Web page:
The War That Saved My Life was one of those books where I realized about half-way through that I had no idea how the story was going to unfold. There were a bunch of things going on – Ada’s growing understanding of the world and herself, the war and bombings, the looming fear of returning to her mother, her friendship with the wealthy neighbor girl – and they all worked together beautifully. There wasn’t an obvious story arc; despite the backdrop of the war, there was no timeline or foregone end point for this story.

And the writing is just so excellent here. You feel acutely Ada’s confusion, anger, and despair over her circumstances and her difficulty making sense of her life both in the present with Susan and in the past with her mother. It’s by turns heart-breaking (the scenes at Christmas when Ada can hardly contain her huge emotions are tear-jerkers) and hilarious. I kept making notes about great lines (but then I returned my copy to the library and packed everything up, so . . . I can’t tell you what those great lines were. Just rest assured there were many).

I didn’t think The War That Saved My Life was quite as good as Jefferson’s Sons, but it’s definitely a good addition to a WWII historical fiction collection. Also, there is a sequel in the works, but this is a book that stands solidly on its own.

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  1. This book was pretty amazing, I agree. Since you are the only other person I know who has read it (and is not a kid) I am wondering, do you think Susan's friend was a girlfriend in the romantic sense? I don't think anyone but an adult might question that but I felt it was interesting if that is how Brubaker Bradley has written her character.

    1. Yes! I just finished the book and came back to read Janssen's review. There was no doubt in my mind that Becky was Susan's partner and that that was what caused the rift between Susan and her father. I thought that was all handled beautifully and subtly.

      I'm so thrilled to hear that there is a sequel in the works, as my only complaint about this one was that it ended too quickly.

  2. I loved this one too; so glad you recommended it! And after searching for it forever I finally found Jefferson's Sons and read it the same week. Both are excellent and so thought-provoking. I agree that Jefferson's Sons is slightly better but really I loved both.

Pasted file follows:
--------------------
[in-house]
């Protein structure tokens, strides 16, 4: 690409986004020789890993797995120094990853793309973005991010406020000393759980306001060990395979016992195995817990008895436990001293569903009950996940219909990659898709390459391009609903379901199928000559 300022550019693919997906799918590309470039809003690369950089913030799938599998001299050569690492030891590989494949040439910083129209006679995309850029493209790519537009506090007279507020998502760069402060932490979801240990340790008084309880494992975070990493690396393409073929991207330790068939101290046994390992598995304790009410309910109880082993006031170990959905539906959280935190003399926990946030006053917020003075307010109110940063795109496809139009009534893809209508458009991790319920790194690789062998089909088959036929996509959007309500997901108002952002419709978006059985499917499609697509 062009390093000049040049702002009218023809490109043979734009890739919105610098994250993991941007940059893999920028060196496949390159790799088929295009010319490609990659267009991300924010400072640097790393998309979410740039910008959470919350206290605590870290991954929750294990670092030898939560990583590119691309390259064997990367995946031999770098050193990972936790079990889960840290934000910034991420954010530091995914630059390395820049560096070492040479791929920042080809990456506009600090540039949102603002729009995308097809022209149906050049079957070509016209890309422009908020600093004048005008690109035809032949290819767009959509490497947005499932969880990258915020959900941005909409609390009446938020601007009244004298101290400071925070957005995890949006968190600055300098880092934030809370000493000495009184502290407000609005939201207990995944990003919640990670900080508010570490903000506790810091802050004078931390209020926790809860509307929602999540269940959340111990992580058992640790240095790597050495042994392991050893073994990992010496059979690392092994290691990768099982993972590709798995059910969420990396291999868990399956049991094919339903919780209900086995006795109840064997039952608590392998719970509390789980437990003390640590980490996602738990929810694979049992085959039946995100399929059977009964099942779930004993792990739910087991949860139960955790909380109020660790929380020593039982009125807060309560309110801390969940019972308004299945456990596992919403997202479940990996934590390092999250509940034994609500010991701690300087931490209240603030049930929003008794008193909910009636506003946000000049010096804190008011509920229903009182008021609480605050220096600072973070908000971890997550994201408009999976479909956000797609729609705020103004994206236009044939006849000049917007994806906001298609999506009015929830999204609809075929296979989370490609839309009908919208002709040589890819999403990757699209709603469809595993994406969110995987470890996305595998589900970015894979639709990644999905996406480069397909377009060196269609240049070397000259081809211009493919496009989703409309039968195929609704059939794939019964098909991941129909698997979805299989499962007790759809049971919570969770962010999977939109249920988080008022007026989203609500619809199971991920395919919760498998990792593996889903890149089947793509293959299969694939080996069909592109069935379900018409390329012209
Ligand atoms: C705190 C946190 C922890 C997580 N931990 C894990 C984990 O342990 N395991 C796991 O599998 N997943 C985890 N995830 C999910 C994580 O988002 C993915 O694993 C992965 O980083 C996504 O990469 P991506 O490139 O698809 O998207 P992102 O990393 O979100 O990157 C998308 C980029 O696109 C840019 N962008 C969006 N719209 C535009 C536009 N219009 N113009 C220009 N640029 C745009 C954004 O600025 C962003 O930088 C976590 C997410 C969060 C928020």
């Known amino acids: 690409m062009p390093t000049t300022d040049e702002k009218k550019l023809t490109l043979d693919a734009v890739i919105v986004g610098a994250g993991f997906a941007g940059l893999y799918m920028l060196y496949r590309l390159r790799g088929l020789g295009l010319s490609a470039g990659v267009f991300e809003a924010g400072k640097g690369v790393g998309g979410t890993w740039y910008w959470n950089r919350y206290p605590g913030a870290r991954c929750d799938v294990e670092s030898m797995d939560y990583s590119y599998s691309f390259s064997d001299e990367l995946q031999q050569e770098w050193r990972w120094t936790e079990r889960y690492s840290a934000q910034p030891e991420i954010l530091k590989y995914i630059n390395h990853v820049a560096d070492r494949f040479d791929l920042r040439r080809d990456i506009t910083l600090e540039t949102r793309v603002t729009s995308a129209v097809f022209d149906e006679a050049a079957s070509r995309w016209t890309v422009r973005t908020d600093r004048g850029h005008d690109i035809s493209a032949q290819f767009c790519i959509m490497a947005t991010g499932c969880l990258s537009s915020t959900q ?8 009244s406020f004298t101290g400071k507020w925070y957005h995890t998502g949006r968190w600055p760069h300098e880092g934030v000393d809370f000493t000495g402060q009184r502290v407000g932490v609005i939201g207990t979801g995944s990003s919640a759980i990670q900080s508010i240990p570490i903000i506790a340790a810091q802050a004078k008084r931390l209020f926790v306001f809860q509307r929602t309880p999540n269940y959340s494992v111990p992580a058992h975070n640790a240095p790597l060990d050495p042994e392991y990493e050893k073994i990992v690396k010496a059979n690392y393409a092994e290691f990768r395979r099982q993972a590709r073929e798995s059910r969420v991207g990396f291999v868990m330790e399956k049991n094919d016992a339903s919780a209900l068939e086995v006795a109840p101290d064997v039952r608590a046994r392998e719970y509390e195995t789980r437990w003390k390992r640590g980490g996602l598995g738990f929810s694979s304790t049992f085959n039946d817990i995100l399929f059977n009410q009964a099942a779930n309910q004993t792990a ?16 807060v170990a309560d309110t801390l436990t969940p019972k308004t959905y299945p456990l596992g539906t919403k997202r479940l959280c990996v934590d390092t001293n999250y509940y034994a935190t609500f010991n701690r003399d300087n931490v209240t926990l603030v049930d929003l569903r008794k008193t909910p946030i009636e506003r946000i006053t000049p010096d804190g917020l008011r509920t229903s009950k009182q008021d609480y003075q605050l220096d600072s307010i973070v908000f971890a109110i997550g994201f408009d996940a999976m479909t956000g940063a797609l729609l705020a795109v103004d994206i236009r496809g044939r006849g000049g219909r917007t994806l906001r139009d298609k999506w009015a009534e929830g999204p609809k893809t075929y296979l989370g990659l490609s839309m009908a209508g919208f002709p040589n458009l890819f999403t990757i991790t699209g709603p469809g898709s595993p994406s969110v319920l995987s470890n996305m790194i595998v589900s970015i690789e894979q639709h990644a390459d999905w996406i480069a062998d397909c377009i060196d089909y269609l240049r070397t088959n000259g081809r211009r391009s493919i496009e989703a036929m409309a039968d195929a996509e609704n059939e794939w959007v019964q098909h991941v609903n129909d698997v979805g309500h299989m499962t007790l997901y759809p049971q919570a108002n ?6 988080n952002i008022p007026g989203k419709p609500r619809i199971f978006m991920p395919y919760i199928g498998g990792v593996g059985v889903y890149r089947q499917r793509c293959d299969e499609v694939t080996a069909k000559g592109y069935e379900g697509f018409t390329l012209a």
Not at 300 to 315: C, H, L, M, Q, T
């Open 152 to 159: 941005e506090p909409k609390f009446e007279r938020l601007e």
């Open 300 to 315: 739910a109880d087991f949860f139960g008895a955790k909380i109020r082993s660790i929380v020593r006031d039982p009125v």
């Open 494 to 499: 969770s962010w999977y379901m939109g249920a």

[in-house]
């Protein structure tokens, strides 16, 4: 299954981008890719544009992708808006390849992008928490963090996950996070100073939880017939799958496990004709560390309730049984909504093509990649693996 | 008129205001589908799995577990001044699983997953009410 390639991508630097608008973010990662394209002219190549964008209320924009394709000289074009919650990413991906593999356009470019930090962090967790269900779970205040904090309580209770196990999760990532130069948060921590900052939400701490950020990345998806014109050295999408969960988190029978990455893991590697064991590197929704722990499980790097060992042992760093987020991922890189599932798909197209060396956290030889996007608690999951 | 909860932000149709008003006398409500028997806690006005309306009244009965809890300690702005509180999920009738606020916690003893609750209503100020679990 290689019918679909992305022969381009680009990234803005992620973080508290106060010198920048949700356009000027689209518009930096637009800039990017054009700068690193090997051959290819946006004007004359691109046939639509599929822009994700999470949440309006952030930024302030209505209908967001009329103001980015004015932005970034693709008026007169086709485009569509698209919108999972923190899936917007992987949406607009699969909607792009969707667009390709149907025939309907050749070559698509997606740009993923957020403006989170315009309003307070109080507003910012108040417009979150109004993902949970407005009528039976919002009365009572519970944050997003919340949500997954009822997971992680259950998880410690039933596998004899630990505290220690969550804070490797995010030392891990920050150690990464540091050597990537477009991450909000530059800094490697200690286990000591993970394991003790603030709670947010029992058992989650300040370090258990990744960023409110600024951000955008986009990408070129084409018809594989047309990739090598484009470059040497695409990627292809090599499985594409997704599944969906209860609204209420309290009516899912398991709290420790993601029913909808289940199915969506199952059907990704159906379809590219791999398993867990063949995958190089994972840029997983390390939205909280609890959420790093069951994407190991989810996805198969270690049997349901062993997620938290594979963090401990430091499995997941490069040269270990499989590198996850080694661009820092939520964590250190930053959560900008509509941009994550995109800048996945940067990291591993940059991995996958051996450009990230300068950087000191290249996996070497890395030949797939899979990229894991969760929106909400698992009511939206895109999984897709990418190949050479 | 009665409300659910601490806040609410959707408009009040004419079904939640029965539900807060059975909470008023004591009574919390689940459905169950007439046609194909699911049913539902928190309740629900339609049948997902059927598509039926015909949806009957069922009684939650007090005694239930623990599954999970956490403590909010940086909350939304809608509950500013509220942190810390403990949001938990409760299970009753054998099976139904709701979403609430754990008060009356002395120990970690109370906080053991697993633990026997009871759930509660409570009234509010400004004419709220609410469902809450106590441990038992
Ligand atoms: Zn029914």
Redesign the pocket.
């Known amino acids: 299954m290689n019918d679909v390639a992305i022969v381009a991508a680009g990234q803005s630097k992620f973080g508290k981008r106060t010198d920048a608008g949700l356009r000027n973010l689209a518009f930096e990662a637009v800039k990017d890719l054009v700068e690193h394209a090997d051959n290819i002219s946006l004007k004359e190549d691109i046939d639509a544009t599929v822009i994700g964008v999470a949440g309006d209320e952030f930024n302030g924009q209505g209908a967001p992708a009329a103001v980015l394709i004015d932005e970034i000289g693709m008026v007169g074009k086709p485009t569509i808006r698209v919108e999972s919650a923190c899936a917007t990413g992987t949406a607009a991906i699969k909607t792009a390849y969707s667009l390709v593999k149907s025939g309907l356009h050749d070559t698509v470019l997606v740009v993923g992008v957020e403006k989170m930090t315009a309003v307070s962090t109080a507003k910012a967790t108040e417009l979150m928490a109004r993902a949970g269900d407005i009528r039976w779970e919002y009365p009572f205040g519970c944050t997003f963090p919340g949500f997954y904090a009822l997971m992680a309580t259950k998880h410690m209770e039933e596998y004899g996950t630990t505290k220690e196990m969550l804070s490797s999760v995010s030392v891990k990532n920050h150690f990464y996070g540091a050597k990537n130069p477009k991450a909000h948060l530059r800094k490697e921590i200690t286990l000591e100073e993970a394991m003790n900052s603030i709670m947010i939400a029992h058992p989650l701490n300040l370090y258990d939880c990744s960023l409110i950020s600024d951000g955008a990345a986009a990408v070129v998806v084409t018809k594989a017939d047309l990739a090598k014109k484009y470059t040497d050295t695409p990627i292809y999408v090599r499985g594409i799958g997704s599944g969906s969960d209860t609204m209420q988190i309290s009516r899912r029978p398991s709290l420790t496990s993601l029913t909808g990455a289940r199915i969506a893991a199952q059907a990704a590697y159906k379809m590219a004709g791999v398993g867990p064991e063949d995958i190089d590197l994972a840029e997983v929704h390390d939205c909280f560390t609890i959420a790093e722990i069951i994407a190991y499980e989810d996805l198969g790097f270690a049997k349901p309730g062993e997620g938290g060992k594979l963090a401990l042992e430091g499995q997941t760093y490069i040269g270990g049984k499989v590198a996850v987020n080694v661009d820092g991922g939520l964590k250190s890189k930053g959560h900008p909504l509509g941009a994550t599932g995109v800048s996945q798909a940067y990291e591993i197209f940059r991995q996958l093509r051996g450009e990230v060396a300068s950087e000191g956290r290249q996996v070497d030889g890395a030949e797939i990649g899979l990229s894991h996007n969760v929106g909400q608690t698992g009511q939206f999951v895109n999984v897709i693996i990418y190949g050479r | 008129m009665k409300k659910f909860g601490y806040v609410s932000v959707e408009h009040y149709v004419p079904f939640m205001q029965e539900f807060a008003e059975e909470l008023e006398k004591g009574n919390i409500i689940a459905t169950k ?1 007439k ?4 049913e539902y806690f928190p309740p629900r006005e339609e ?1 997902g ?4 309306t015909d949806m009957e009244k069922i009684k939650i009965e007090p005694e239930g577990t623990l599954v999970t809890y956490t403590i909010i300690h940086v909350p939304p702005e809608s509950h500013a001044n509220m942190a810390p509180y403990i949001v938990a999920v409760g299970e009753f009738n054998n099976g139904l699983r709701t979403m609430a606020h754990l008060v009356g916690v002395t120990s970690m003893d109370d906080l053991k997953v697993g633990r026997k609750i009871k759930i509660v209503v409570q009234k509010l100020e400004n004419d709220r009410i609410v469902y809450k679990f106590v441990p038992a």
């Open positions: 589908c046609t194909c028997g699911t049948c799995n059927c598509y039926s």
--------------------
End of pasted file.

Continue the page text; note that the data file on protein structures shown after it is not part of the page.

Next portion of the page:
3. I knew I could count on your for some good book recs:) I may actually have time to read this July!

  4. I think I'm finally going to put this one on hold (been so many good books coming out lately!). Excited to read it!

  5. I will have to read Jefferson's Sons, as I adored this book! I'm so glad it was on your list, otherwise I might have missed it. (I'm also SO happy that you have reminded me about the wonders of "hold" at the library – somehow, I had forgotten that that was a possibility!)

  6. I'm so glad you liked this one! I recommended it!! Excited to hear there is a sequel in the works!

  7. I loved this book! I should have read the book jacket before reading the book because I totally didn't realize that the author wrote Jefferson's Sons, which is another book that I read based on your recommendations and loved.

  8. Just picked this one up at the library yesterday and after reading this review, can't wait to dive in!

  9. This is definitely going on my to-read list, along with Jefferson's Sons. Off-topic, but I was wondering what are some of the funniest books you've read? I love a book that can make me laugh out loud, and since I've read a bunch of books based on your reviews and so far haven't disagreed with you once, I thought I'd ask 🙂

    1. The pressure is on now!

      I love Cheaper by the Dozen, the Mortal Instruments series, Jim Gaffigan's books, and Sophie Kinsella.

      Good luck!

  10. This book sounds great and reminds me of one of my favorite books called Goodnight, Mr. Tom (by Michelle Magorian). It's a book about a little boy named William who is evacuated to the countryside during WWII and sent to live with this cantankerous old man and is about the relationship that they develop as William learns what it's like to be loved (he's from an abusive home) and as Mr. Tom softens up a bit. It's fabulous. And I also recommend Magorian's book Back Home, which is about a girl adjusting to life back in London after the war and after being evacuated.

  11. Ooh this sounds like a great book, i love historical fiction but especially more modern history if you know what I mean.

  12. It's been almost 2 decades since I last read it, but Goodnight, Mr. Tom is another book about children being evacuated to the countryside. As a child, I loved this book.